Movicals vs. Movies Smackdown as "Billy Elliot" and "9-to-5" nab Tonys
The nominations for the 63rd annual Tony Awards were just announced and even if you had seen most of the nominated plays -- and gave a fig -- the Tonys broadcast is not exactly must-see TV. (It’s June 7, if you must know.)
A not half bad alternative: rent the movie versions! This year, some of the top Broadway nominees are actually movicals – stage musicals based on movies.
Musicals have been flooding Broadway of late -- The Full Monty, Hairspray, The Producers, Spamalot (the 2005 Tony-winning best musical is coming to Market Street later this month.)
Usually, this successful recipe to repurpose past movie fare relies on brand recognition and the appeal of kitsch blasts from the past; Xanadu, Legally Blonde -- etc.
But Billy Elliot: The Musical, which earned the most Tony nominations -- 15, including best musical, offers more than just brand recognition.
Billy Elliot The Musical is one of the better screen to stage adaptations. The choreographed union-worker-versus-police riots are the best choreographed violence since West Side Story. The enormous dancing dresses (for the cross-dressing show stopper) and giant Margaret Thatchers, are something you won’t see in the film.
Elton John (up for Best Original Score) has made a pretty nice career save with his Lion King and beyond second act. Still the original film is pretty darn good too, if your willing to forgo enormous dancing dresses.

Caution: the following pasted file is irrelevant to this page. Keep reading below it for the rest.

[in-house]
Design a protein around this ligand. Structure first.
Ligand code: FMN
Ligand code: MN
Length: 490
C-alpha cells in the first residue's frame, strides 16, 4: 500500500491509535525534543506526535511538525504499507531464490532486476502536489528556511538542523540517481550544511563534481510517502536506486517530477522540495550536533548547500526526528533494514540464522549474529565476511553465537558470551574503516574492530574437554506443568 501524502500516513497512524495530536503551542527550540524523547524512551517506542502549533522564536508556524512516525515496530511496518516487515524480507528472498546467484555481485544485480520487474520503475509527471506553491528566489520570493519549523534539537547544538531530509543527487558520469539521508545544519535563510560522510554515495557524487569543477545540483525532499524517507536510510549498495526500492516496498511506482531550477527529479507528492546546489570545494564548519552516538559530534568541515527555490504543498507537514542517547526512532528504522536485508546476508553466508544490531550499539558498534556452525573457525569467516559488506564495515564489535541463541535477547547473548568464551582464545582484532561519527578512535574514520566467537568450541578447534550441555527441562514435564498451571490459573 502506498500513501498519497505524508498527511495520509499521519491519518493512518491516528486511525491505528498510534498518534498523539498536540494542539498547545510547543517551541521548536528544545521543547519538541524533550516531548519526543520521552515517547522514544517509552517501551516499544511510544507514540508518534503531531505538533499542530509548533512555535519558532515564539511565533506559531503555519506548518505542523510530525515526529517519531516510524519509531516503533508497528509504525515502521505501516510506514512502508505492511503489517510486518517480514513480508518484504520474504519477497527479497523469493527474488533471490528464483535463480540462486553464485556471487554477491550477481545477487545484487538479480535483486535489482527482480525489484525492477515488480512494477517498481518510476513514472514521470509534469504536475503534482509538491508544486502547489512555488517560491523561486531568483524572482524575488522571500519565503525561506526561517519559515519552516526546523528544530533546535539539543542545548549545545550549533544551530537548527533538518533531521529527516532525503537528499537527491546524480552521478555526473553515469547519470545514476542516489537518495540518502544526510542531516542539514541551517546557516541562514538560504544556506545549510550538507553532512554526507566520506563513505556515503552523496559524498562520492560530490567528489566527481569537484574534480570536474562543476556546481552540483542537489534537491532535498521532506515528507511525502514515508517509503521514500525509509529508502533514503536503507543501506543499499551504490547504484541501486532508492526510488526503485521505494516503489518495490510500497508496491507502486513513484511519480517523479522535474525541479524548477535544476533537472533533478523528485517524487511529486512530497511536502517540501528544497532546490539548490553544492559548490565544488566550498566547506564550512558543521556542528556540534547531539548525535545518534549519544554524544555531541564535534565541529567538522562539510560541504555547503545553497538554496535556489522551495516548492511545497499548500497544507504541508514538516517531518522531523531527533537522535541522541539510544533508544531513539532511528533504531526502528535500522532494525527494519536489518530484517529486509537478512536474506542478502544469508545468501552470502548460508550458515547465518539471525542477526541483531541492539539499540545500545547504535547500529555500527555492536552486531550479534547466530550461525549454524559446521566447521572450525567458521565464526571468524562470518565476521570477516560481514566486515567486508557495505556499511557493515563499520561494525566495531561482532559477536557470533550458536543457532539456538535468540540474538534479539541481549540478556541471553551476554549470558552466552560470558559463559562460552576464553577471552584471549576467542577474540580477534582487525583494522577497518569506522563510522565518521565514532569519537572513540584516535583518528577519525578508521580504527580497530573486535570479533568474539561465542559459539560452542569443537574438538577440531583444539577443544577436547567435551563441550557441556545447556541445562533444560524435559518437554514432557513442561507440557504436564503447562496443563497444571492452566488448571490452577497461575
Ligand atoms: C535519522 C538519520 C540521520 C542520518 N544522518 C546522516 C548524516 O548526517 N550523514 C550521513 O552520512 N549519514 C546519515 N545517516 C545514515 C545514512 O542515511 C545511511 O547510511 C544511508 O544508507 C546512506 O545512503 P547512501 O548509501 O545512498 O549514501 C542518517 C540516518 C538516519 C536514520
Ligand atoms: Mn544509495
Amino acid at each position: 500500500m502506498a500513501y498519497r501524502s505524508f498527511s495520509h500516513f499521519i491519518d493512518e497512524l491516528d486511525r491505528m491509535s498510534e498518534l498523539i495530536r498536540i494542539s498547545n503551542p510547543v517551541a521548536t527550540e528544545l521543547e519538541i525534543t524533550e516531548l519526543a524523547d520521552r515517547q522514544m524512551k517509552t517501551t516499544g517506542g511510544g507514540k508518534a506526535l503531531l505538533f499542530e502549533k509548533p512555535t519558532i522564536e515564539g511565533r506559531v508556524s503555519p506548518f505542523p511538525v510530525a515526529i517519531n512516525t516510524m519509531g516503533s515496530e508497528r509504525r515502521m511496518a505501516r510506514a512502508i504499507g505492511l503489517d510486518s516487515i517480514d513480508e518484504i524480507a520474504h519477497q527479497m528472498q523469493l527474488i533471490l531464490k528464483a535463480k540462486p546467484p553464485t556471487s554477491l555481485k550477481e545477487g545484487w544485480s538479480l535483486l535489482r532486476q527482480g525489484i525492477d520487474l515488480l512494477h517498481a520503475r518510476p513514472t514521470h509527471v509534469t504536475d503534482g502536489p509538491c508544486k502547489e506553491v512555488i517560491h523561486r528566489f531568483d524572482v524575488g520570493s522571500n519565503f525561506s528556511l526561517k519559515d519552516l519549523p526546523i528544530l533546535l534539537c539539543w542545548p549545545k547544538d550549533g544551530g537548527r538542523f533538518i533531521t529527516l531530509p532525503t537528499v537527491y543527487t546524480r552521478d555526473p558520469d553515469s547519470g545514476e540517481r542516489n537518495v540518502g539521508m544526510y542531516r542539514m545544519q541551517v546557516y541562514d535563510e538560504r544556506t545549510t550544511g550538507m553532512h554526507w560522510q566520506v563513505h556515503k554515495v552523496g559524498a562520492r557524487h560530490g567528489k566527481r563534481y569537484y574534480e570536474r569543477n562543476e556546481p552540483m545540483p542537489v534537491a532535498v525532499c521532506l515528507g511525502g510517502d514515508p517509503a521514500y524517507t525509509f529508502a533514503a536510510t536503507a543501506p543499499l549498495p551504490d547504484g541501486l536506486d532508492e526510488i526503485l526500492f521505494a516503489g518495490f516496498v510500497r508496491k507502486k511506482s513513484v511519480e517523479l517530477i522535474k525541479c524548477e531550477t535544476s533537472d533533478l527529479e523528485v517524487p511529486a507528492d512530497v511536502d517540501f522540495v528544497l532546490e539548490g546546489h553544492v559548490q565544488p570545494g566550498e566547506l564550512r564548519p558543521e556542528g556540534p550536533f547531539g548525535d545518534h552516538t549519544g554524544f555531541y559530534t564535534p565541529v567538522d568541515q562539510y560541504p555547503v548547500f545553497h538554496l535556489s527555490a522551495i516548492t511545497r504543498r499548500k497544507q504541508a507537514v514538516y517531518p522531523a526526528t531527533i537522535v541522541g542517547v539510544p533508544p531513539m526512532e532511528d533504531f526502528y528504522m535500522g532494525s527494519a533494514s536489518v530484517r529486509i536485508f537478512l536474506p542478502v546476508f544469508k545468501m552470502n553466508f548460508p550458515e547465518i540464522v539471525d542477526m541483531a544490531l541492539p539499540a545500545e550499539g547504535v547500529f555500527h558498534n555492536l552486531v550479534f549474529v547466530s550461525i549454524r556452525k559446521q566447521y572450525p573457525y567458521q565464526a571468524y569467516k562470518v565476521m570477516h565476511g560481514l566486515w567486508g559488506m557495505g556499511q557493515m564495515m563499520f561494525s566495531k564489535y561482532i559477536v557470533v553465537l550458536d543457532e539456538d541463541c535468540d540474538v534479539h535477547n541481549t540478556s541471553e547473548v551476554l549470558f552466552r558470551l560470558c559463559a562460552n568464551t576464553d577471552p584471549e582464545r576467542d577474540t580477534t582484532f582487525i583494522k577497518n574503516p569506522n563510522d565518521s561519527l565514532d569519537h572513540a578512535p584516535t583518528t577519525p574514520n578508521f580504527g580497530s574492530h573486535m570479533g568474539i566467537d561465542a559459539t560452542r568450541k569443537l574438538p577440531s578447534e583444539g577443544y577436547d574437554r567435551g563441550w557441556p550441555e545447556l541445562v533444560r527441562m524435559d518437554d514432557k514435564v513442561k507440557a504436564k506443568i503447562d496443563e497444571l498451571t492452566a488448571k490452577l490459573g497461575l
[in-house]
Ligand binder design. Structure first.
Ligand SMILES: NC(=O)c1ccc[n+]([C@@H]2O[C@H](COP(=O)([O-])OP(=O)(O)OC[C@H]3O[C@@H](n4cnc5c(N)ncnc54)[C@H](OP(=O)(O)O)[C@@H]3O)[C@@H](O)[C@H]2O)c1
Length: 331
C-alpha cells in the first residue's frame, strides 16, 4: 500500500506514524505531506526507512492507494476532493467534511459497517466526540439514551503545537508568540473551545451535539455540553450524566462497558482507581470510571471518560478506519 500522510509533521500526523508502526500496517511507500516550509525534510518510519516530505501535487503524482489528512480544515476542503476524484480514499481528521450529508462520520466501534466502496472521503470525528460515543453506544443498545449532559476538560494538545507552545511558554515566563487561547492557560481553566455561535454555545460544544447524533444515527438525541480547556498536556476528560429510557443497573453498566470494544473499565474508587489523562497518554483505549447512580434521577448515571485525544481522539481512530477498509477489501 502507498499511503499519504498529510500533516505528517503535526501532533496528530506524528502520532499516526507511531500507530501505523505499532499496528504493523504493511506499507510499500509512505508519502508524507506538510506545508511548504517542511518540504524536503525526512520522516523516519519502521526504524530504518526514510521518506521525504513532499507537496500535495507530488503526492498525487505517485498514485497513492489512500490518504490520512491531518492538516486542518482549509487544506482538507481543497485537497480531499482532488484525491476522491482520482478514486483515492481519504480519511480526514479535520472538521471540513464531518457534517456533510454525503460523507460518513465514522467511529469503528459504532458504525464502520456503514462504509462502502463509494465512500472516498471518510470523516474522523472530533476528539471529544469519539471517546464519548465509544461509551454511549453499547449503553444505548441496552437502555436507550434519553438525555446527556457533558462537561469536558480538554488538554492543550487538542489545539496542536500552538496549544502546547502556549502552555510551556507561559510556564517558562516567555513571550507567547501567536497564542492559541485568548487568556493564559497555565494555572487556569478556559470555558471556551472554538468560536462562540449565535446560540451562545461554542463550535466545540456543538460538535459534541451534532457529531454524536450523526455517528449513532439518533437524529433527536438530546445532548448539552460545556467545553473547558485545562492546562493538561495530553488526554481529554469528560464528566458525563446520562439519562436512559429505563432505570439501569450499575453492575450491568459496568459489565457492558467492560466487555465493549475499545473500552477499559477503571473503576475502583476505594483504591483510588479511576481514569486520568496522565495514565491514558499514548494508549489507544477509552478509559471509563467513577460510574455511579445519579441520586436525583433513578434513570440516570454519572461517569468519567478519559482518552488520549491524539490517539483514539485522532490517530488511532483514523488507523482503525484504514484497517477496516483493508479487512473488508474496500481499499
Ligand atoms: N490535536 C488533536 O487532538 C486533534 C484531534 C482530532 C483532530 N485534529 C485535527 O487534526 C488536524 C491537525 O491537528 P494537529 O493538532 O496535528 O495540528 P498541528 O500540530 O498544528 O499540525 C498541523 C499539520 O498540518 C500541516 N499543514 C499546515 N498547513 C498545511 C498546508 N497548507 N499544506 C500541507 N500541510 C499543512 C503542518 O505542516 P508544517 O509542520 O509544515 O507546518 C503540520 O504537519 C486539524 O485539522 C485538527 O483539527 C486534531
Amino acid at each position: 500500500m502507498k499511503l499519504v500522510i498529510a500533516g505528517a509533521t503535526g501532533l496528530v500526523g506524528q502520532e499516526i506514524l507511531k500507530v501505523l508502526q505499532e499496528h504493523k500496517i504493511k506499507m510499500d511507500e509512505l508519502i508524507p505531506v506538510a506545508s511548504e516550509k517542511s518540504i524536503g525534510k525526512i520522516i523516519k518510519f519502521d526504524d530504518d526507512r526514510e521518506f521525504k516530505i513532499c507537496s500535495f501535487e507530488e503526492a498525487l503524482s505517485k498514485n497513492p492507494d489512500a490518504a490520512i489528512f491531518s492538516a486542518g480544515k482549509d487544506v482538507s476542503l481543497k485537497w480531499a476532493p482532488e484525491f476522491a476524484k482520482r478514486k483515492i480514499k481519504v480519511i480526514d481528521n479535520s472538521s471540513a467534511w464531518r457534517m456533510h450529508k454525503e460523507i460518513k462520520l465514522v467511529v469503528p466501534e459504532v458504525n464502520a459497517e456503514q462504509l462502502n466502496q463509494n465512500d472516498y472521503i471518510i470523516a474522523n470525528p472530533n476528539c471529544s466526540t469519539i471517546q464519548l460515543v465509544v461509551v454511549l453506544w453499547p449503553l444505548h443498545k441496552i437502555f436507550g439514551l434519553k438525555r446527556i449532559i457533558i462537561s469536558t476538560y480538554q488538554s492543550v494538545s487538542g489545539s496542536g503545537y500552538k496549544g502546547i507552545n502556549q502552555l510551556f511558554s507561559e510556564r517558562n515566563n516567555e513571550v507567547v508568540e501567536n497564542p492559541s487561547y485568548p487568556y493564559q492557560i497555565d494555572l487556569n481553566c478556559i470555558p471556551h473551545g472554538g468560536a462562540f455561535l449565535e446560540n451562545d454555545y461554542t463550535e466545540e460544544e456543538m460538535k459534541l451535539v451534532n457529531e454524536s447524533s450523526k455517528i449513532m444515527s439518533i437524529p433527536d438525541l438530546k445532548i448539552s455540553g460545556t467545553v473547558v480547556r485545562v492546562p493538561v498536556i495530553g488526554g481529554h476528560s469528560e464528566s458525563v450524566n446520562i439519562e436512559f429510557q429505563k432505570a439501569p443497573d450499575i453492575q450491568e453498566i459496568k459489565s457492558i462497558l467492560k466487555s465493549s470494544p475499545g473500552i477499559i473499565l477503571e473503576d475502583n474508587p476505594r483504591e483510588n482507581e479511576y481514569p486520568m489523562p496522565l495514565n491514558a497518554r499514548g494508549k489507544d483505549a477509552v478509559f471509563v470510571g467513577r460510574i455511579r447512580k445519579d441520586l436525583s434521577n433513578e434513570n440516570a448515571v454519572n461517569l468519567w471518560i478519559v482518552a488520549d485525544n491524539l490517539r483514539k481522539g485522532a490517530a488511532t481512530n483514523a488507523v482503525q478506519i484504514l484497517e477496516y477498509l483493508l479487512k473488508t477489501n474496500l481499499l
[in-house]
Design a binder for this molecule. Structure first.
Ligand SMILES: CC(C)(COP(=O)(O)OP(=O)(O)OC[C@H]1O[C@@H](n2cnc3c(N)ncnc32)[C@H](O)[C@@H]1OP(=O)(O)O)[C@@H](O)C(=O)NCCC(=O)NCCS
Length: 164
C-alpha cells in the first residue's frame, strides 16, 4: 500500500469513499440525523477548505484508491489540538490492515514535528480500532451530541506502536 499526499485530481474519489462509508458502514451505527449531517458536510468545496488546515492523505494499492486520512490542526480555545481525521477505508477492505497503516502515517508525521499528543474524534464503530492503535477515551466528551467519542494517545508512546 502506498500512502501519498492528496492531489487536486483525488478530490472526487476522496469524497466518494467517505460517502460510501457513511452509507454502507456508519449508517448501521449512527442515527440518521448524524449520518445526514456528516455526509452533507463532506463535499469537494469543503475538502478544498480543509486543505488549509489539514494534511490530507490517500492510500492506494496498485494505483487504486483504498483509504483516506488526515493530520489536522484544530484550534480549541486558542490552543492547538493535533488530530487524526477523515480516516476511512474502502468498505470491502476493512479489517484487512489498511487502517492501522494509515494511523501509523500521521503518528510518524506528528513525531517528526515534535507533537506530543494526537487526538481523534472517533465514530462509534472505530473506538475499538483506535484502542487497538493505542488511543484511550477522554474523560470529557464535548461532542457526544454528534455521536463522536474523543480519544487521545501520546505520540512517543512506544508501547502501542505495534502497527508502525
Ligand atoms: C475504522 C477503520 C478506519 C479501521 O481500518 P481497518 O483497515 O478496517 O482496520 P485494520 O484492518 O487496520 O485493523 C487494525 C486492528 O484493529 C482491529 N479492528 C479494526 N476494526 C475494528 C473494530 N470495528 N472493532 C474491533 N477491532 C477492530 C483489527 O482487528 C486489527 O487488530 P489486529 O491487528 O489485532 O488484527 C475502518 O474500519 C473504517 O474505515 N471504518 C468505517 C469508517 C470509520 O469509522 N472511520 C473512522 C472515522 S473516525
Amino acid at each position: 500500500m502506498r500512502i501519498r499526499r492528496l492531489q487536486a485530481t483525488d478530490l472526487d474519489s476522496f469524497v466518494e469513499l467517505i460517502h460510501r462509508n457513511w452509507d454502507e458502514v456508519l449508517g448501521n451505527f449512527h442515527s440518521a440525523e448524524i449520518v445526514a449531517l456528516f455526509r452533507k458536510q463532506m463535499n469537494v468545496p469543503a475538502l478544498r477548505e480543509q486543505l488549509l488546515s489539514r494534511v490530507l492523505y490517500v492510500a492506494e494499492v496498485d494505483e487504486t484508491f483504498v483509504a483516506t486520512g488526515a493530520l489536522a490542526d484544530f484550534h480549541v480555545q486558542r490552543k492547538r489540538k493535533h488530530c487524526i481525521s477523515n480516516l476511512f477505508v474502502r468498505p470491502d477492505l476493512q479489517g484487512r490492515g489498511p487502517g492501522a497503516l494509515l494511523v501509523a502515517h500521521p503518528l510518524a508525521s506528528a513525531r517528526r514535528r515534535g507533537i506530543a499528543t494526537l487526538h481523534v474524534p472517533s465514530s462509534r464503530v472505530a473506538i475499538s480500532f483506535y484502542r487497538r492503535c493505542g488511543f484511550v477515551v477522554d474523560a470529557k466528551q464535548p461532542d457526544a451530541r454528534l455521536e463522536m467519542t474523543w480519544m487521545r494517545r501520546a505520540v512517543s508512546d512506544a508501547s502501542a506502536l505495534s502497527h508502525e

Another movical that garnered noms (4) is 9-to-5, featuring new songs by Dolly Parton. The highly netfixable 80s film, helped launched a genre of ‘mad as hell and not taking it any more’ feminist flicks. In the Broadway version, Allison Janney (awesome in everything) is in the Lily Tomlin role, so it might actually be not bad. Or it might be an outdated stab at comedic feminism, this time with singing sectaries.
It’s a pretty good bet that a night in with a the Shrek DVD is going to a lot more fun than a trip to Shrek the Musical, even though it got 6 nominations! The Times’ wrote that the musical “feels like 40 blocks’ worth of a Macy’s Thanksgiving Day Parade.”
So at $120 each for orchestra seats, and 3000 miles to Broadway, the red Netflix envelope is looking pretty good.
Next up: West Side Story is up for best PC revival, but Natalie and Rita aren’t chopped liver.